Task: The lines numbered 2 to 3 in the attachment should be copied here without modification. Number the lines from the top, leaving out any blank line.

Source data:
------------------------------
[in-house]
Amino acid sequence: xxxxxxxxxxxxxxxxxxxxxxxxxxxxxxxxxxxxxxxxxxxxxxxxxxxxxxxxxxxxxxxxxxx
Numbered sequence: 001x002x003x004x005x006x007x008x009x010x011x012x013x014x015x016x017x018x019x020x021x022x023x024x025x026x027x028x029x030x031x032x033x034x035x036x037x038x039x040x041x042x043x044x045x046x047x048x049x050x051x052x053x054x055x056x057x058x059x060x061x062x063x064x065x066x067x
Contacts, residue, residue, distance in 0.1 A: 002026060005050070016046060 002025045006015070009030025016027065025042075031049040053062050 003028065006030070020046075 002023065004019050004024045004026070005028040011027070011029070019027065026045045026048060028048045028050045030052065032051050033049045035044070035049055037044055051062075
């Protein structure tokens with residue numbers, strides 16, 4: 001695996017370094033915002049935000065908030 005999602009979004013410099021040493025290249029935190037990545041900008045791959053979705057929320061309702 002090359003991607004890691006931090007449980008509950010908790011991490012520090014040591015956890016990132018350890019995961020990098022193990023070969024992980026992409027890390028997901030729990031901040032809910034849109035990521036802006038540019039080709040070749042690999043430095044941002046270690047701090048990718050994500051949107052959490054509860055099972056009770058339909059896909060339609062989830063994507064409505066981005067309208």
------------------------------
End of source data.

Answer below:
Amino acid sequence: xxxxxxxxxxxxxxxxxxxxxxxxxxxxxxxxxxxxxxxxxxxxxxxxxxxxxxxxxxxxxxxxxxx
Numbered sequence: 001x002x003x004x005x006x007x008x009x010x011x012x013x014x015x016x017x018x019x020x021x022x023x024x025x026x027x028x029x030x031x032x033x034x035x036x037x038x039x040x041x042x043x044x045x046x047x048x049x050x051x052x053x054x055x056x057x058x059x060x061x062x063x064x065x066x067x